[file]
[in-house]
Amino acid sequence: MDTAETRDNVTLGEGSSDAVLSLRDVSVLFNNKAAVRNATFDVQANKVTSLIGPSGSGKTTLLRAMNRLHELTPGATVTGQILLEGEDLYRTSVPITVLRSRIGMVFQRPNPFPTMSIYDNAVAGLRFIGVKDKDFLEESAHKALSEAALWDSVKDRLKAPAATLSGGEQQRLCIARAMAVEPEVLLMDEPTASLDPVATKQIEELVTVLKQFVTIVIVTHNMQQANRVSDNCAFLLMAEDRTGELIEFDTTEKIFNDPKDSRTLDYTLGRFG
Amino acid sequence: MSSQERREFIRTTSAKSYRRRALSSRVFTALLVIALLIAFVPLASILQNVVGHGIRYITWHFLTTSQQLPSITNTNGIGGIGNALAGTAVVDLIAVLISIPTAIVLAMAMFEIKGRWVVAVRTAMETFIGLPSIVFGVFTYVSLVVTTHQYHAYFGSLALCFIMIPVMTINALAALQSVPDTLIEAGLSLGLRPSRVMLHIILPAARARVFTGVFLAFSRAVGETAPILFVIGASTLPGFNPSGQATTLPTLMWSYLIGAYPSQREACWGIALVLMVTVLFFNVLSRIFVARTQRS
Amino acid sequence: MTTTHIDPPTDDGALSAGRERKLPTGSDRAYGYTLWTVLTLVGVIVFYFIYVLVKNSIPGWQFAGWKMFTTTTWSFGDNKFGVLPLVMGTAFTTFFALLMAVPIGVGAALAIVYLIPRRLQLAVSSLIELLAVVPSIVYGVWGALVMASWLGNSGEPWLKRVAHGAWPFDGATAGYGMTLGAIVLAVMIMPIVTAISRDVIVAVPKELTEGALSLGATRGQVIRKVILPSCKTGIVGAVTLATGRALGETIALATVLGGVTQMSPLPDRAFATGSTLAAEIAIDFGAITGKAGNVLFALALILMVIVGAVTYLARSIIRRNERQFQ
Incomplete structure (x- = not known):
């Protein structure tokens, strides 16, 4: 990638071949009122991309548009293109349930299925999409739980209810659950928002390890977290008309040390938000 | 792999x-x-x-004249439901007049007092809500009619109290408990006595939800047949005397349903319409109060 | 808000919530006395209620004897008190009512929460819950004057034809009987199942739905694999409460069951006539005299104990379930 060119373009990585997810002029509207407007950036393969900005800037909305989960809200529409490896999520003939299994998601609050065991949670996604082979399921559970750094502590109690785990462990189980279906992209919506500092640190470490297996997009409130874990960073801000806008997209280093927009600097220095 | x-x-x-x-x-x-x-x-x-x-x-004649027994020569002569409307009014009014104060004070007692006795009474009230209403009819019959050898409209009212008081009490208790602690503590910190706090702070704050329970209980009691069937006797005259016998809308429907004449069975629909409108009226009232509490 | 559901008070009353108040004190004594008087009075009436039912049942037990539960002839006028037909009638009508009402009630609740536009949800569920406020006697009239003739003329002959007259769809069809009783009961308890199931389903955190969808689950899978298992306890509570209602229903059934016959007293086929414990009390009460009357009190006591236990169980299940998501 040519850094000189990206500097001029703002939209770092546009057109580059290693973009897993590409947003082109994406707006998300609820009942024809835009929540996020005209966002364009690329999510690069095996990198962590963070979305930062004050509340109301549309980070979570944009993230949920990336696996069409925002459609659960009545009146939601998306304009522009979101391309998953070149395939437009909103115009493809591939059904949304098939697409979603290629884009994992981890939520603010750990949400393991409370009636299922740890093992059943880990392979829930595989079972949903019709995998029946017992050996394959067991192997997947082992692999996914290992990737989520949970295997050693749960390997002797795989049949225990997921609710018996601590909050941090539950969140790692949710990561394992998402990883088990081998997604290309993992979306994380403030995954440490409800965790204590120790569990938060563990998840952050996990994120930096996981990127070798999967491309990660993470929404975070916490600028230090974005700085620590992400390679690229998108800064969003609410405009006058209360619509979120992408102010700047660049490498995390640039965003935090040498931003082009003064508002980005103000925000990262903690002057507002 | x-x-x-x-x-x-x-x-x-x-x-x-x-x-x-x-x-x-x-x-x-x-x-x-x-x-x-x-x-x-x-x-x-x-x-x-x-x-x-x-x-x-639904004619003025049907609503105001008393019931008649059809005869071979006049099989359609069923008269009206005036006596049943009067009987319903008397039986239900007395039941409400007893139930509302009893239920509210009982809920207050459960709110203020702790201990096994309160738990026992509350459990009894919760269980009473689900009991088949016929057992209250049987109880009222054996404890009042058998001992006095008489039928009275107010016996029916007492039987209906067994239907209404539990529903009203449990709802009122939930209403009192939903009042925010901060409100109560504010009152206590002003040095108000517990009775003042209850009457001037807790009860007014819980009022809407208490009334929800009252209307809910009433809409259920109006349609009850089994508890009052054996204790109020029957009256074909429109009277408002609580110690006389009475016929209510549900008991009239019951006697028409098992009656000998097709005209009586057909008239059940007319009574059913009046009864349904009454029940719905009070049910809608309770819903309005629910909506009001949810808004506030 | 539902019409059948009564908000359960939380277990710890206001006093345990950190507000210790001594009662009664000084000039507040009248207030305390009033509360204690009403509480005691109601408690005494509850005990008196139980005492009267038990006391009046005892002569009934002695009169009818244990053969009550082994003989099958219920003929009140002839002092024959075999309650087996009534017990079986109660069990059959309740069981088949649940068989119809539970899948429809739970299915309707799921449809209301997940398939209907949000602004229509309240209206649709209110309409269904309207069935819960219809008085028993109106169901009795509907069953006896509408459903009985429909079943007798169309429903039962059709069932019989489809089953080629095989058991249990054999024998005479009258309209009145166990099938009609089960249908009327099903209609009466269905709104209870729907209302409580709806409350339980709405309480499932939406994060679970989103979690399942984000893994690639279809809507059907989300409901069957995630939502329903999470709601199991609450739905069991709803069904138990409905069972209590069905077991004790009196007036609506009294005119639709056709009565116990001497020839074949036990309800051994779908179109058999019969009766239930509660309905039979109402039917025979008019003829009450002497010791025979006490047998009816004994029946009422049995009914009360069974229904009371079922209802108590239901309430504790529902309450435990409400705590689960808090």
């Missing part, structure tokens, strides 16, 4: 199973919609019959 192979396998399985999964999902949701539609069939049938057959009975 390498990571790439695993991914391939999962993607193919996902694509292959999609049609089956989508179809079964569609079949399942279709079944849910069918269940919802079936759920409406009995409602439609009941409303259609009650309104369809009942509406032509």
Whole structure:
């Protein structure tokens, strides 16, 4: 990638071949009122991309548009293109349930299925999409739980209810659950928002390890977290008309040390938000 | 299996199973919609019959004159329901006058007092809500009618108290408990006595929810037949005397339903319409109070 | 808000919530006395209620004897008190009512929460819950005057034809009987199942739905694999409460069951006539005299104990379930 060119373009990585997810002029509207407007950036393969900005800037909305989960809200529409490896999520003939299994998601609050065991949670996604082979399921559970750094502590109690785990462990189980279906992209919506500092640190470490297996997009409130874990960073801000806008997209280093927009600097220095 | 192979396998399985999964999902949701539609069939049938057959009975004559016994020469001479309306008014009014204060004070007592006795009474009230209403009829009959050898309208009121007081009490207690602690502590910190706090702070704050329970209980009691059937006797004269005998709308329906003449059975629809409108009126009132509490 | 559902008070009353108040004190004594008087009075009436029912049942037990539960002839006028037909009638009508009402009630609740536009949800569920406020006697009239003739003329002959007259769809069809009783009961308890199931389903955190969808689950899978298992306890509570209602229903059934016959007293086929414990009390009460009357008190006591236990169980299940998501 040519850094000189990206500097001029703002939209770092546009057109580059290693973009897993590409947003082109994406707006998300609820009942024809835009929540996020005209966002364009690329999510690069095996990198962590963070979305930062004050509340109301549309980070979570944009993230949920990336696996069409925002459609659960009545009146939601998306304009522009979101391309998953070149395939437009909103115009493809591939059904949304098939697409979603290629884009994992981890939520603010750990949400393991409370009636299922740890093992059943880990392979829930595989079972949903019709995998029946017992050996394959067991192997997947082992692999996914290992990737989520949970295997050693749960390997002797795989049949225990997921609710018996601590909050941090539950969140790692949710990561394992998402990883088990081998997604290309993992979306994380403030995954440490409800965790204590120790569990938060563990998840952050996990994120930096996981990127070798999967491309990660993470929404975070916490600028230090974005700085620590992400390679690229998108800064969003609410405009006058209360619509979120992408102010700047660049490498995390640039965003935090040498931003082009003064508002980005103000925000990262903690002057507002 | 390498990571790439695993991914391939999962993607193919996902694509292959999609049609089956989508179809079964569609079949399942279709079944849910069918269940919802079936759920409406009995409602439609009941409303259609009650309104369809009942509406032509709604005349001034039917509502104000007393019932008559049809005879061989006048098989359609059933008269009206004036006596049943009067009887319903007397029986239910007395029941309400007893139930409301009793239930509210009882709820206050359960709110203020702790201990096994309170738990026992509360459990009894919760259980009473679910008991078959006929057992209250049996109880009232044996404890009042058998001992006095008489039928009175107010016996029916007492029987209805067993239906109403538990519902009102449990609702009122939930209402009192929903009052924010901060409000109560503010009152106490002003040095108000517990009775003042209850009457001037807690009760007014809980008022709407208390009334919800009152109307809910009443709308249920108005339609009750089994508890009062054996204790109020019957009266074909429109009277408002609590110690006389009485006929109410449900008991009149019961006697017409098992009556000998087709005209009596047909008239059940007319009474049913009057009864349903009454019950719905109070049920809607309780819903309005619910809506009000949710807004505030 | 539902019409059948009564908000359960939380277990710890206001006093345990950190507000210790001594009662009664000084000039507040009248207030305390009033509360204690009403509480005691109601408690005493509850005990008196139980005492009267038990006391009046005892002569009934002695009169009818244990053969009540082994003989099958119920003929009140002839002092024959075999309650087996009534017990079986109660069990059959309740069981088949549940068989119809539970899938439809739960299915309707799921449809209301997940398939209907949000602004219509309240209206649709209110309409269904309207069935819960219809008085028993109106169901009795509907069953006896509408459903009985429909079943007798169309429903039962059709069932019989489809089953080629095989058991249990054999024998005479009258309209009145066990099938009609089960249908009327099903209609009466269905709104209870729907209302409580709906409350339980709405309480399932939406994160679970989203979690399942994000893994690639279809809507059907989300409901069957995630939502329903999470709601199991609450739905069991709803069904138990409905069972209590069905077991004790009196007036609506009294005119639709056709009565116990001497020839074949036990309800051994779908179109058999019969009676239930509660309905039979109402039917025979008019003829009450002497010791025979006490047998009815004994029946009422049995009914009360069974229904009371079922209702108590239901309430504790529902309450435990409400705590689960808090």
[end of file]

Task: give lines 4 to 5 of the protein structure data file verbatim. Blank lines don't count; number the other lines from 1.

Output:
Amino acid sequence: MTTTHIDPPTDDGALSAGRERKLPTGSDRAYGYTLWTVLTLVGVIVFYFIYVLVKNSIPGWQFAGWKMFTTTTWSFGDNKFGVLPLVMGTAFTTFFALLMAVPIGVGAALAIVYLIPRRLQLAVSSLIELLAVVPSIVYGVWGALVMASWLGNSGEPWLKRVAHGAWPFDGATAGYGMTLGAIVLAVMIMPIVTAISRDVIVAVPKELTEGALSLGATRGQVIRKVILPSCKTGIVGAVTLATGRALGETIALATVLGGVTQMSPLPDRAFATGSTLAAEIAIDFGAITGKAGNVLFALALILMVIVGAVTYLARSIIRRNERQFQ
Incomplete structure (x- = not known):